I found a giant piece of the Berlin Wall the other day, in one of the nearly vacant business parks down the street from my office building, at the very end of the parking lot. I looked it up on the internet, and saw that it was a Cold War museum, only open by appointment, except for a weekly guided tour of “the vault” on Fridays at three. Sign me up!
I was especially excited because, I’m embarrassed to admit, I managed to graduate from high school, college, and graduate school, without a solid understanding of twentieth century history. I simply wasn’t taught it. I swear I got Columbus to the Industrial Revolution over and over and over again. I mean, I definitely have a deep understanding of the history of the Blues, the Beat poets, The Civil Rights Movement, and early 90’s rap music. However, mostly I just nod and say “mm, of course” “yes, yes, I know” or “I agree completely” when conversations migrate toward The New Deal, The Cold War, The Korean War, World War I, or parts of II, much of Vietnam (sorry, Dad), and I’m sure many other huge 20th century events most people just know about.
Here’s a poem about what I knew about the Cold War prior to my visit to the museum:
The Cold War
We hated the color Red
And from Communists we fled
Senator McCarthy brought back 1690’s Salem
If you’ve got spaceships, flail ’em
into space! And do it fast!
It’s a race! We can’t be last!
Something about pigs, missiles and Cuba,
Half of Germany couldn’t play tubas,
because where Communists ruled, there was no fun,
and everyone was cold, so they had to run,
(in the space race), and Orwell made Lenin & Stalin boars
people in Russia loved to do chores
Nadia Comeneci does the best gymnastics,
though I’m not supposed to, I think she’s fantastic.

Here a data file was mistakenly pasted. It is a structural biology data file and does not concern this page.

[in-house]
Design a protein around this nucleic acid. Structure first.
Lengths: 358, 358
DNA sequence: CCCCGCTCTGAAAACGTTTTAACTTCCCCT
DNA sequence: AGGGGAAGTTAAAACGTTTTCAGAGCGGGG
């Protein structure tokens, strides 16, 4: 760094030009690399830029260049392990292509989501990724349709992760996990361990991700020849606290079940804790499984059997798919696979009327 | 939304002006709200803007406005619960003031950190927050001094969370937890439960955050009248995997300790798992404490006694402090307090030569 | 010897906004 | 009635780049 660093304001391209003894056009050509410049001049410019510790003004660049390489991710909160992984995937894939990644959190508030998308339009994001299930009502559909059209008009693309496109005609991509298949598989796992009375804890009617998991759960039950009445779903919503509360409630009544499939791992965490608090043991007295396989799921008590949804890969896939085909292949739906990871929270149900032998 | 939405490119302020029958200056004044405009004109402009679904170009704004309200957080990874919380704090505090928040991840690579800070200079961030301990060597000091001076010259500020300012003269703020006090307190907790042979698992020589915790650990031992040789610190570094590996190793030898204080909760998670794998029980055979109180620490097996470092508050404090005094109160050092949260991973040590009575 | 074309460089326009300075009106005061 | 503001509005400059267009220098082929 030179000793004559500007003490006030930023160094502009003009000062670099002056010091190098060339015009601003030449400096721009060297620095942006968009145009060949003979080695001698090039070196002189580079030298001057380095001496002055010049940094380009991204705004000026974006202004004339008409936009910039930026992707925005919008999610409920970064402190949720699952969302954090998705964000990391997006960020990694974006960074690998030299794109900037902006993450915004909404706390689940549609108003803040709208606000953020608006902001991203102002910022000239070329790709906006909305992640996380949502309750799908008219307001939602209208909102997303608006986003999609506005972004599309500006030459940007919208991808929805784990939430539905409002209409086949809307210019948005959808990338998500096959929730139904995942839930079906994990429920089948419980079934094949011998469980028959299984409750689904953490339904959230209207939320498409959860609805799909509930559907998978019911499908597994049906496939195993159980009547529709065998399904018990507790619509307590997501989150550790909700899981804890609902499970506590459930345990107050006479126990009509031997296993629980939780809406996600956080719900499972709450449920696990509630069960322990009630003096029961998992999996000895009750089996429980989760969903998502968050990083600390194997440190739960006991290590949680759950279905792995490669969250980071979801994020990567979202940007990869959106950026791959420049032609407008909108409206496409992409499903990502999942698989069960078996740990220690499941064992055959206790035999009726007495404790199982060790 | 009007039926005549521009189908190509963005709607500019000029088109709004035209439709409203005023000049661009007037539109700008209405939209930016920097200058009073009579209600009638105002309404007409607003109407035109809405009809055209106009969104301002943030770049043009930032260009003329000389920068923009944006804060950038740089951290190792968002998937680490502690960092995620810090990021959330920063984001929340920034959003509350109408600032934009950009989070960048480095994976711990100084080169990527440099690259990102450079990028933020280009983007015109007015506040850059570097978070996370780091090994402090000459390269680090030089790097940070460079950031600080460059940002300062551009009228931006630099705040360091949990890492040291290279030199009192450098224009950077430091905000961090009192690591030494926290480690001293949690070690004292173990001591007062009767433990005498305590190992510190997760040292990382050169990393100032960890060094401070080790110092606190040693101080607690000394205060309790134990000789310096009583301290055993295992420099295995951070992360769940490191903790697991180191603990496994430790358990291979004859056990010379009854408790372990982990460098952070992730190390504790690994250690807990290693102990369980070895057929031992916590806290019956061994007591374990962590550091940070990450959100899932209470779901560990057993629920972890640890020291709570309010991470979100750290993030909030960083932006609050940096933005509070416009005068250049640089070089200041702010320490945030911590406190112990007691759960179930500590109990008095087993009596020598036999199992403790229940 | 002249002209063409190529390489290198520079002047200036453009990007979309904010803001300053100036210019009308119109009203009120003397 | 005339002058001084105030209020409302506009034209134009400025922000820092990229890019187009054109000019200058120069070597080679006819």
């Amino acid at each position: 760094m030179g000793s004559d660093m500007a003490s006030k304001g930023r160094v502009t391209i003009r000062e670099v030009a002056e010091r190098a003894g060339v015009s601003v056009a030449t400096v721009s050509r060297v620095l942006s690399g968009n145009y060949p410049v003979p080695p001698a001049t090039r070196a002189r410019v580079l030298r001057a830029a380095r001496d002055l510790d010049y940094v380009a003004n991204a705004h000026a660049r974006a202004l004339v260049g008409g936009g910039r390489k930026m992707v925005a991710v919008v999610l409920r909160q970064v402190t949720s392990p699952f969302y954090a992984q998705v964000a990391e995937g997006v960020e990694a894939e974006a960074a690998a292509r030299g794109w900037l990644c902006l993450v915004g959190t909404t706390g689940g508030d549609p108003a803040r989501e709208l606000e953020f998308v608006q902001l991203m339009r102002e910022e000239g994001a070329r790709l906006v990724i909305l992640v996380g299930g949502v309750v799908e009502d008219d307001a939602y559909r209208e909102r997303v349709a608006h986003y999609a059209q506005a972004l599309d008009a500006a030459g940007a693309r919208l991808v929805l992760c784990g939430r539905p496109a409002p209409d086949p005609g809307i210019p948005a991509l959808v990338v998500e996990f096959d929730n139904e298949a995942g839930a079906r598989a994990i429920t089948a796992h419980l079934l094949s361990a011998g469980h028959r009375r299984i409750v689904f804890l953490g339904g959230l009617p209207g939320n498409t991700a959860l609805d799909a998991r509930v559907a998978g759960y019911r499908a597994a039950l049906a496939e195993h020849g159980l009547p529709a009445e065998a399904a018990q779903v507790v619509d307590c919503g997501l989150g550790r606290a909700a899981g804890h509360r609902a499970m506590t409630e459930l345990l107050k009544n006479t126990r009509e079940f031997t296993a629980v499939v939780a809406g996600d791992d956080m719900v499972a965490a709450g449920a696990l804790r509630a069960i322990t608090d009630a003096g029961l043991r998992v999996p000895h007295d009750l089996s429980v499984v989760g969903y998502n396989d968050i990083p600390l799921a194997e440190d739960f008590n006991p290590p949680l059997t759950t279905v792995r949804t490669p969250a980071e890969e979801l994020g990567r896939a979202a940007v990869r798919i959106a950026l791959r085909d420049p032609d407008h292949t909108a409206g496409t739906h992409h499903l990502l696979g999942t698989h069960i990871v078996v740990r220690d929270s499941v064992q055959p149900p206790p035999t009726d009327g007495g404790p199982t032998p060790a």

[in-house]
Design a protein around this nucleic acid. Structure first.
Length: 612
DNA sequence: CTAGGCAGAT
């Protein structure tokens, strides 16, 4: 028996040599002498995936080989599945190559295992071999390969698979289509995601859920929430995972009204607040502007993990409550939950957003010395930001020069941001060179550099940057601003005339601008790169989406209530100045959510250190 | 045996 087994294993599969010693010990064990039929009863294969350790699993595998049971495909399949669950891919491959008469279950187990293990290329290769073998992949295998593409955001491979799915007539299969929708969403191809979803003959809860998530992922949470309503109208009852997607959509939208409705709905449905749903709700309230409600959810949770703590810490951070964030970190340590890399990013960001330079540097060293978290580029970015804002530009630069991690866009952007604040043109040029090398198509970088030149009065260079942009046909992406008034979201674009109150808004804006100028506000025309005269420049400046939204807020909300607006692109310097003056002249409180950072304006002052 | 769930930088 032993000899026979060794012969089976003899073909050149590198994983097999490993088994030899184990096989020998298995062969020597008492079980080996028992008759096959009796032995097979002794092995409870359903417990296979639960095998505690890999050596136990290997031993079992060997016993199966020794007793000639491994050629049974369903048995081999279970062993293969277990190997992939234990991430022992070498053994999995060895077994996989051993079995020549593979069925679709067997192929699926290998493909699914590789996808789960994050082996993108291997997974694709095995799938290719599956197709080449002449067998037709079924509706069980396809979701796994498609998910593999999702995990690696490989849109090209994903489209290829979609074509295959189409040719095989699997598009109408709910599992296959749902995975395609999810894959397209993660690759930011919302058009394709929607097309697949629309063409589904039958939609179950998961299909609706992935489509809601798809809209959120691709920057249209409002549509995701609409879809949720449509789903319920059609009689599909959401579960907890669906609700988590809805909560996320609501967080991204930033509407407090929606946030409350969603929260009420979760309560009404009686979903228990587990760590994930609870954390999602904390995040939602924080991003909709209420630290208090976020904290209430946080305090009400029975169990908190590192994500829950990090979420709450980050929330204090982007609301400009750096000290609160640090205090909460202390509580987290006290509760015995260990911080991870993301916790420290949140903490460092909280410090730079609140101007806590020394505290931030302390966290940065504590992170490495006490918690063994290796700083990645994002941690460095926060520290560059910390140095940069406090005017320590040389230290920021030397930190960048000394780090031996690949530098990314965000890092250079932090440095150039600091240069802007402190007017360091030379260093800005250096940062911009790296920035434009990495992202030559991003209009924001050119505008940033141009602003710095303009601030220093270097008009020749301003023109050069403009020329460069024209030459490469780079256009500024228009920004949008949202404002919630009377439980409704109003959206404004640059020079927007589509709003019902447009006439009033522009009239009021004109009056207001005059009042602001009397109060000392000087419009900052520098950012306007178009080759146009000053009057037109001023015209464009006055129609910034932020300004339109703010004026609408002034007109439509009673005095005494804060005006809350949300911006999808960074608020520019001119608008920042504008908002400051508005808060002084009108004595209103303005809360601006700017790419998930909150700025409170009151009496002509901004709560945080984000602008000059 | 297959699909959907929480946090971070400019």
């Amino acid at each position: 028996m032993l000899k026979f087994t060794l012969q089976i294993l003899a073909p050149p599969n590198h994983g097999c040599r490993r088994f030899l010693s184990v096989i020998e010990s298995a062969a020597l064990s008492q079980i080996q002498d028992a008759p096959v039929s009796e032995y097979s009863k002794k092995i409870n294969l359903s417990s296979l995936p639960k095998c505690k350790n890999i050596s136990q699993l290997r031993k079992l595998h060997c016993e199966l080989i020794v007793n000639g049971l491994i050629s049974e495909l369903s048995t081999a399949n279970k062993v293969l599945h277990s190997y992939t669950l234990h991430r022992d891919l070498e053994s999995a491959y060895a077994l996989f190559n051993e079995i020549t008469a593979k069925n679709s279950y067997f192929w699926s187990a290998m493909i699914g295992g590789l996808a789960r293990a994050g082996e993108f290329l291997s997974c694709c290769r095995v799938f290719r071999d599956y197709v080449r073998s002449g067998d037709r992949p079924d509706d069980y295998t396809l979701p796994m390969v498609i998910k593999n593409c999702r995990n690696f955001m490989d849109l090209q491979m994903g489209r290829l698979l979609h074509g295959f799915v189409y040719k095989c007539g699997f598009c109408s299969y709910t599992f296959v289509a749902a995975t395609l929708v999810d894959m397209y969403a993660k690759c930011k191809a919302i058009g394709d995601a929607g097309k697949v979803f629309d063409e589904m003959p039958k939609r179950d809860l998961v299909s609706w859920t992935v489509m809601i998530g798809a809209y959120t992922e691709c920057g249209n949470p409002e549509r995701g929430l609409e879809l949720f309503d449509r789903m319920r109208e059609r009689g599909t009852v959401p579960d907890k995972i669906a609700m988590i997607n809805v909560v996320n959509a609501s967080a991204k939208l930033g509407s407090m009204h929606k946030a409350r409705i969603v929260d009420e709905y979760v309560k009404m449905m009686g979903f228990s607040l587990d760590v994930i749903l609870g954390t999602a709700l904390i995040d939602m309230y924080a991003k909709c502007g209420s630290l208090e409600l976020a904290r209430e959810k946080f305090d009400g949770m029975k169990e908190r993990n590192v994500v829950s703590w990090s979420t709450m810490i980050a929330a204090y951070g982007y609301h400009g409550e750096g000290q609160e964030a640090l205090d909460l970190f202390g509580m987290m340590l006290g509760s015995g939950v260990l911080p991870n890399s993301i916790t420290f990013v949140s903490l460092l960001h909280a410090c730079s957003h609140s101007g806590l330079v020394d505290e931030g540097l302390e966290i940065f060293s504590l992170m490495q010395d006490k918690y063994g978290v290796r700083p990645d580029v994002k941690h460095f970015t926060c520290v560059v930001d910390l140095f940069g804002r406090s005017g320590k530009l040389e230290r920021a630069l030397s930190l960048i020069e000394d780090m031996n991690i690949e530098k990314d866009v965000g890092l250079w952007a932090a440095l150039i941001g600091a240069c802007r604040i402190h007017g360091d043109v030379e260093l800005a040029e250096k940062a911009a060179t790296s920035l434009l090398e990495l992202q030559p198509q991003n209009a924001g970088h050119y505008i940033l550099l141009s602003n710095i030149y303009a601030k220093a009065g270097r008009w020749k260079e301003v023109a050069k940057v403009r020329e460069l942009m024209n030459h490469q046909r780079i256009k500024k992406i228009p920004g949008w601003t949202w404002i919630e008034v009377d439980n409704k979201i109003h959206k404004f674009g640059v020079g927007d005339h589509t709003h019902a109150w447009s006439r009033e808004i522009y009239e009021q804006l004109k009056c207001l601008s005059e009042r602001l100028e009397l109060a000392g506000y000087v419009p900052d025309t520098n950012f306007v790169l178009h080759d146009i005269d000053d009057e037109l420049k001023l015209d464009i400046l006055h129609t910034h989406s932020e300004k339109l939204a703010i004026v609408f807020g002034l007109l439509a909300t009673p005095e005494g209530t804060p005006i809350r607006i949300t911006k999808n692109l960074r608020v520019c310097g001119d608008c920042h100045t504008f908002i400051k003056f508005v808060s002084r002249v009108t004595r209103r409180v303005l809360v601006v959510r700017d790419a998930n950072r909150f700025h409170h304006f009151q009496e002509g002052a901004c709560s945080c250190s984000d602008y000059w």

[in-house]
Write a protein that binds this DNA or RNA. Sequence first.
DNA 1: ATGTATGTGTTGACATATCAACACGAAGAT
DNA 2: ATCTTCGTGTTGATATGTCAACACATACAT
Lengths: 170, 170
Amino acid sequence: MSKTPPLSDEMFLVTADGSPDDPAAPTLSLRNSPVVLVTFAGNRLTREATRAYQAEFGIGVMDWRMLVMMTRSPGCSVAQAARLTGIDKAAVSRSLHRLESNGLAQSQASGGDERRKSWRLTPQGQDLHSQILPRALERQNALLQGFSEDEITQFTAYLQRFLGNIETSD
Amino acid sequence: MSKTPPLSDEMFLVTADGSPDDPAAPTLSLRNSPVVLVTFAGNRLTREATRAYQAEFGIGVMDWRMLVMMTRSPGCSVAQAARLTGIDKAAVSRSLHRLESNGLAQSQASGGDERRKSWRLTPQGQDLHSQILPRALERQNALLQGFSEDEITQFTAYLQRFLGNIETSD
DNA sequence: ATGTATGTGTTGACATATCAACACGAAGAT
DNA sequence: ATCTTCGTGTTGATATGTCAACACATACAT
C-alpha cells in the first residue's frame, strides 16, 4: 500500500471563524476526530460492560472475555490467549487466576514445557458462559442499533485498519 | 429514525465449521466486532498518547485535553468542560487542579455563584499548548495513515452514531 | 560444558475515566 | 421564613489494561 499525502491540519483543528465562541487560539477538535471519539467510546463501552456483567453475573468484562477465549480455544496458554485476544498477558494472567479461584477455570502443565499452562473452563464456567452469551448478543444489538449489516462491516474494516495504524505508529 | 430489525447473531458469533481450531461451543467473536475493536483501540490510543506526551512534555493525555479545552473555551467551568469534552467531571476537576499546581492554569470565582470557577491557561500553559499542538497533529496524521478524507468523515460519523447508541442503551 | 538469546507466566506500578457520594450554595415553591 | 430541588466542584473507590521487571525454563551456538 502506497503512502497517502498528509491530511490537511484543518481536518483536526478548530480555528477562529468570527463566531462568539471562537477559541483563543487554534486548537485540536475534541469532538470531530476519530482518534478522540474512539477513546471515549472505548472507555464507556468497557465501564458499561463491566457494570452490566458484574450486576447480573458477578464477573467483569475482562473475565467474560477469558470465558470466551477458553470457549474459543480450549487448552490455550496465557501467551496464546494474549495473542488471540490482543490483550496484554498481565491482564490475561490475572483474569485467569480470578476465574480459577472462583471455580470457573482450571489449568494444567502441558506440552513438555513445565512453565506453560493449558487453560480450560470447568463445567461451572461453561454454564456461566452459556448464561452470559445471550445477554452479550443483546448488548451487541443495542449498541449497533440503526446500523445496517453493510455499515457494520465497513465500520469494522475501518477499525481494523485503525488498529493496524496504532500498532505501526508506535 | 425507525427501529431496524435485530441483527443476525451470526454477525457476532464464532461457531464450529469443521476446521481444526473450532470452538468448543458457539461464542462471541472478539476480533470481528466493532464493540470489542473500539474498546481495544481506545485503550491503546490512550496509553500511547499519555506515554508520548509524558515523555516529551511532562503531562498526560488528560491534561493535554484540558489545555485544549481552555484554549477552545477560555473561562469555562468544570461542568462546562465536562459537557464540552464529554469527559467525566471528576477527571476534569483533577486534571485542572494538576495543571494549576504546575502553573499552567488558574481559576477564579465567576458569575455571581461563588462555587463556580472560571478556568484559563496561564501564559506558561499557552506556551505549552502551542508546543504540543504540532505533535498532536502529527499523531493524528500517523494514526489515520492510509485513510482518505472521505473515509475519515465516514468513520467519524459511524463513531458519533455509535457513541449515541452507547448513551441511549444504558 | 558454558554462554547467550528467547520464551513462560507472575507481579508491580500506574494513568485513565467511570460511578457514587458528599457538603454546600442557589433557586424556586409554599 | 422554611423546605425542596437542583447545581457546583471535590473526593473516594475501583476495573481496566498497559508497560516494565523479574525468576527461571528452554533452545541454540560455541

And then the Berlin Wall came down
And everyone in the Red countries turned their frowns upsidedown.
Sadly, most of what I knew came from Animal Farm, The Crucible, impressive floor routines, and the film Good Night & Good Luck. I was excited to find out more. I invited Anne of GG to come with me, but I didn’t tell her about my sorry lack of knowledge about why we hated each other so much during the Cold War, and the whole psychology of it. Unfortunately, we didn’t find out too much (although we did arrive to the tour about five minutes late). I’m telling you, everyone assumes it’s all common knowledge, so then I feel stupid asking. Like in third grade when I was out sick the day we learned to tell time, so I had to literally pretend to know for the next year and a half until my friend showed me.
An eager local college student led our tour, explaining the various busts and paintings we encountered. Here are some pictures of what was revealed in the vault:
It was just Anne of GG and I, along with a guy who grew up in East Germany, his girlfriend, and a random chick. The guy, Stefan, was pretty amazed by all of the stuff. When our tour guide asked him to describe his childhood in East Germany, he said he had a very happy childhood, and that everyone would build crazy antennas so they could get t.v. (which was illegal) from West Germany.
The collection was really impressive– rows and rows of boxes of everything from postcards, to uniforms, toys, furniture, photographs, paintings, wall hangings, libraries, busts, and medals.
I really, really, want to know what the deal is with the guy who started this museum. Is he just some rich guy with an obsession with Cold War artifacts? Why isn’t it displayed in a more prominent location, where more people could see the collection? It seems to be in a secret location, run by secret interns. It’s a huge collection, meticulously maintained, in (not shockingly) perfect order. But why? I get that it’s great for scholarly research, but why isn’t it at a university? Why is it hidden? Why is it only open on Fridays at three? Who is this guy? Or lady?
Anyway, I feel like there is still more to find out. I am officially hosting my first ever lunchbreakcapers.wordpress.com CONTEST! I’d like my followers (all three of you, and yes, that includes you) to teach me some 20th century history. Remember, if you don’t participate, I’ll know! Pick a topic (the Cold War is still up for grabs) and explain it to me as best you can in five sentences or less. And no Henry James style sentences, stick to Hemingway style, please.
The winner will get a spectacular surprise.